This week our Superstars series turns the spotlight on one of the USA’s most famous queens of the classic burlesque heyday. With an incredible career on stage and screen, Ann Corio began as a showgirl in New York in 1925 and danced her way through the 1930s, before entering the world of film and television in the 1940s. She then returned to the stage as a straight actress in the 1950s and even after she had officially retired, she was still touring her revival show ‘This Was Burlesque’ well into the 1980s.
Who was Ann Corio?
Born in Connecticut to a large family of Italian immigrants, Ann Corio launched her stage career as a teenager and by the mid-1930s she was a favourite in the Minsky Brothers shows, where she was a headline act.
She relocated to Los Angeles in 1939, following the closure of many New York burlesque houses. In California, she left the burlesque scene, having become disillusioned by the increasing nudity and lewdness of the dancers and what she saw as the demise of the tease. She spent the early 1940s appearing in a number of B-movies and talk- and radio- shows, before moving back east to work in theatre. Several years later, she was inspired to launch her own show, ‘This Was Burlesque’ which celebrated the glamour of Corio’s own interpretation of classic burlesque.
How did she get into burlesque?
Ann was noted for her natural beauty and good figure, things which helped her greatly when she began her career in burlesque. When she first began performing, she actually did so in secret as she was only 15 years old. She started out as a chorus girl, but soon made her way up the ladder to become a star ‘teaser’ of similar status to Gypsy Rose Lee.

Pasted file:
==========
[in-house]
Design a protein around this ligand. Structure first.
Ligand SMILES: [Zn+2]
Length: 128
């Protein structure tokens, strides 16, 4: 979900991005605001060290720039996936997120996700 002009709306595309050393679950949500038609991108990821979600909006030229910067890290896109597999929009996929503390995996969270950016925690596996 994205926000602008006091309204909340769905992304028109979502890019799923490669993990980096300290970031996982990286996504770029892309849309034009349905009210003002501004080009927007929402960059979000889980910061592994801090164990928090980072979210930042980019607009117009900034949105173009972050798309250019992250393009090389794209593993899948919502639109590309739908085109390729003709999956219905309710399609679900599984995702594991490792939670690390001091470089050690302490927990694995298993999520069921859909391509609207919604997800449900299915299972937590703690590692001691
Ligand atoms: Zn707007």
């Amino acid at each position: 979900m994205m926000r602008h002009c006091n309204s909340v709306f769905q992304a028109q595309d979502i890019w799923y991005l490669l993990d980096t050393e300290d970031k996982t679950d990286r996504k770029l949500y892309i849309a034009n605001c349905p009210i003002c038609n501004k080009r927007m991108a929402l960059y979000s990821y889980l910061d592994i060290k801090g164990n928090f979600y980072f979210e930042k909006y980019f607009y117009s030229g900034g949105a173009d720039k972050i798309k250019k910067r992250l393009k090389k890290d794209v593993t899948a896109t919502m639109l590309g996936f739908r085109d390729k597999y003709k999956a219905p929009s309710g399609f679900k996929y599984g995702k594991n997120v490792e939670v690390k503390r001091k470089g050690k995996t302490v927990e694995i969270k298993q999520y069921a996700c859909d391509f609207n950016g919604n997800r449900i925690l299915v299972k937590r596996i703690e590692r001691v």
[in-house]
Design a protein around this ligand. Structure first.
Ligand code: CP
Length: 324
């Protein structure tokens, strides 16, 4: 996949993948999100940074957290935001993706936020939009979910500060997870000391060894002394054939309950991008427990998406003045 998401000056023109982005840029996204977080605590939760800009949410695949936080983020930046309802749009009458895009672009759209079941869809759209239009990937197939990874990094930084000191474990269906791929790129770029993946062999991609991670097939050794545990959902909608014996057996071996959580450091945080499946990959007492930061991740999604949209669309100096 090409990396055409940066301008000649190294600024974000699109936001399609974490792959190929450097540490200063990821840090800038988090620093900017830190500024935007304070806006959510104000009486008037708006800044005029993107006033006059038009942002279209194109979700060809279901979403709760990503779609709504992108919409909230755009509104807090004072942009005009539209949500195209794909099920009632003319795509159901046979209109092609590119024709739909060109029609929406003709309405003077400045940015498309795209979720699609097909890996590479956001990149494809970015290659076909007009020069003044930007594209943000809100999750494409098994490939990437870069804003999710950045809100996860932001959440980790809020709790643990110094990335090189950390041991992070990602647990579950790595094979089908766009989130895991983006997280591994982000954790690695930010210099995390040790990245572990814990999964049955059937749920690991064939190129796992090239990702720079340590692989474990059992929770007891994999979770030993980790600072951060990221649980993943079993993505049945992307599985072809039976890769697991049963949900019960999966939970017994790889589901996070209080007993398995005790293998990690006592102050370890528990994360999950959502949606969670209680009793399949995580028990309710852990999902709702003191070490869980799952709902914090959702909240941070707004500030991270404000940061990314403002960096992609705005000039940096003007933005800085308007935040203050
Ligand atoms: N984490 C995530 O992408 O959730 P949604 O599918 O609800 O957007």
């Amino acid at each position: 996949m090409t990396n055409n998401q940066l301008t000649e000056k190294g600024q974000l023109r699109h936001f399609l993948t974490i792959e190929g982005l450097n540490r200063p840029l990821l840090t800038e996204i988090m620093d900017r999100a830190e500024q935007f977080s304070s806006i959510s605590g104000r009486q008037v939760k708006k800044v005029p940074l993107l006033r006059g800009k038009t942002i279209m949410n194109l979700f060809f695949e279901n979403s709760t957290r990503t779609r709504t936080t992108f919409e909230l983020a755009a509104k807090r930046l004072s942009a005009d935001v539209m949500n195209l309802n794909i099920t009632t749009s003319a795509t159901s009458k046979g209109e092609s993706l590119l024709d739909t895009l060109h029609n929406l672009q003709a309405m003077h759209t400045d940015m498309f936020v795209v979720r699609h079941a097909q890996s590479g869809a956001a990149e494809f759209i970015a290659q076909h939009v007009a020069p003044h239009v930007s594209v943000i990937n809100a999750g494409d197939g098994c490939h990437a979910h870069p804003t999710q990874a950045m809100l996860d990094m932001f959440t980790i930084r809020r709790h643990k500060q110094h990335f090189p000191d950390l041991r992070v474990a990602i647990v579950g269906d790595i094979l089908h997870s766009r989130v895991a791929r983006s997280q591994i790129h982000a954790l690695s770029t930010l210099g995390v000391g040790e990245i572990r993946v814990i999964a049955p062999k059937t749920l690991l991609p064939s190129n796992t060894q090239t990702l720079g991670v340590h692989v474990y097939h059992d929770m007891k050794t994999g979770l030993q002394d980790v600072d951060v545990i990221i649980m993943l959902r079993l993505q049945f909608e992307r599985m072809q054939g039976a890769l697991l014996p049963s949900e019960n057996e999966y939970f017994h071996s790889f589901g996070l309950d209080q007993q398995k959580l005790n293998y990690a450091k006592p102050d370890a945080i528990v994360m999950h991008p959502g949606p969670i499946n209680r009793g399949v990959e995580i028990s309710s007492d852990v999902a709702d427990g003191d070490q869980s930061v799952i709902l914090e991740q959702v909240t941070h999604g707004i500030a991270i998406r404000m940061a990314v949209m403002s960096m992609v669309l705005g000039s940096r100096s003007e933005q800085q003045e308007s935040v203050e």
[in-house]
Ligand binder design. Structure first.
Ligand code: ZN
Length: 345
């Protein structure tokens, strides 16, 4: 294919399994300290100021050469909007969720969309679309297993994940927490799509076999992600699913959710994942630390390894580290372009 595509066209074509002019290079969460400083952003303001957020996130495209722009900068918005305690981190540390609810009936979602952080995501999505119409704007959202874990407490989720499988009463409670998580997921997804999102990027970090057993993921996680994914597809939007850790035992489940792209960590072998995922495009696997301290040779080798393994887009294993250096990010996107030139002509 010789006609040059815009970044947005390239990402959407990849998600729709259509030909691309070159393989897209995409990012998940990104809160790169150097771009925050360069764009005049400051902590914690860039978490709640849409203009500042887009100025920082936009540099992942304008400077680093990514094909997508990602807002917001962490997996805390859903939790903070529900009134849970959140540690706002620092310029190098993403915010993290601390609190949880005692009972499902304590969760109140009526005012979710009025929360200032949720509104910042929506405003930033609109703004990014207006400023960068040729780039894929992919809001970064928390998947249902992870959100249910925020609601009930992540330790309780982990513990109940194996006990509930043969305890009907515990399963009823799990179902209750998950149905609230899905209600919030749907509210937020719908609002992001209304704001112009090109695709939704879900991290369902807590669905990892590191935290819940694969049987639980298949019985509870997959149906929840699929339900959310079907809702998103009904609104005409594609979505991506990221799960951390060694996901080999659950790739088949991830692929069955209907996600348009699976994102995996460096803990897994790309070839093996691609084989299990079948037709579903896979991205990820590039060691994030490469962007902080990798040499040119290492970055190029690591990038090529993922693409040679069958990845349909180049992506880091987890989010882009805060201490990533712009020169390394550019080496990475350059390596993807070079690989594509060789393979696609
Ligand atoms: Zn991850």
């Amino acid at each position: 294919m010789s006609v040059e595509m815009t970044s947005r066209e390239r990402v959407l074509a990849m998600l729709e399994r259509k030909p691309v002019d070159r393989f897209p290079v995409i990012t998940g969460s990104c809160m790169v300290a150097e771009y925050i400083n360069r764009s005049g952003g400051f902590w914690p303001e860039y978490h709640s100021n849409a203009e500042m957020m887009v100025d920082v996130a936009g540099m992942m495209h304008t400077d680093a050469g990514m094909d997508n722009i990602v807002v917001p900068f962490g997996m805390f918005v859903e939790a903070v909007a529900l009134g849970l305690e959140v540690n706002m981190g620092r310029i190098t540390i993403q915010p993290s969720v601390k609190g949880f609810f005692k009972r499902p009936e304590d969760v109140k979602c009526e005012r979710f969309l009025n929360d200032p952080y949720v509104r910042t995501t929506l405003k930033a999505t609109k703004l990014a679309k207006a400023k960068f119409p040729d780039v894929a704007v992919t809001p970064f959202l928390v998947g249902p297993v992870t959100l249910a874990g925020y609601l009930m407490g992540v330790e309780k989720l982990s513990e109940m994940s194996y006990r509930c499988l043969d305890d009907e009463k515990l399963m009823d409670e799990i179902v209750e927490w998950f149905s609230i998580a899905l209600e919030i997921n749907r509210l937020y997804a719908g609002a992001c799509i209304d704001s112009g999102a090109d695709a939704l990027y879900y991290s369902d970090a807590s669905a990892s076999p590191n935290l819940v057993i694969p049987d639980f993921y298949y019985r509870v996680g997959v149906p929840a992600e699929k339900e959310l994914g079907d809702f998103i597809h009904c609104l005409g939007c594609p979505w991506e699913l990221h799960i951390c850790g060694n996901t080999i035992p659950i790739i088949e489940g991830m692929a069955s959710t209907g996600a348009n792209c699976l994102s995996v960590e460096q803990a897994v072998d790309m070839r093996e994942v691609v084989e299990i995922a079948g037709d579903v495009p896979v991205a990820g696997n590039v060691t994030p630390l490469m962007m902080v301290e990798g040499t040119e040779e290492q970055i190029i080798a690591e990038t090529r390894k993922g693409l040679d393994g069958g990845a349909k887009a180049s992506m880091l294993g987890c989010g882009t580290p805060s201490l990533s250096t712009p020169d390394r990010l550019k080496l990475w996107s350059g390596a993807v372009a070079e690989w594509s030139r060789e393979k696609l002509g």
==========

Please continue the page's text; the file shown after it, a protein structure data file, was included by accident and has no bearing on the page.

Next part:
What style of burlesque did she perform?
As a ‘teaser’, Ann’s role was quite clearly defined. In those days, shows featured both ‘strippers’ and ‘teasers’. The former held a lower billing, and would strip to thongs and pasties or tassels. Teasers were the star attractions and they did exactly that; they teased their audience with promises of nudity and the prospect of a reveal, but they ultimately never ‘gave up the goods’, so to speak.
Some interesting facts about Ann Corio
*Very unusually in the world of burlesque, Ann chose not to be known under a stage name but used her own name instead.
*When her mother found out that a young Ann was performing burlesque, she was not best pleased, but eventually came round to the idea after seeing a show, on the condition that it was strictly “look but don’t touch!” on the part of the audience.
*In addition to producing her own show in the 1960s, Ann also wrote a book of the same name and released a soundtrack with instruction booklet entitled “How to Strip for Your Husband”.
If you’ve missed any of the Superstars series so far, you can catch up below: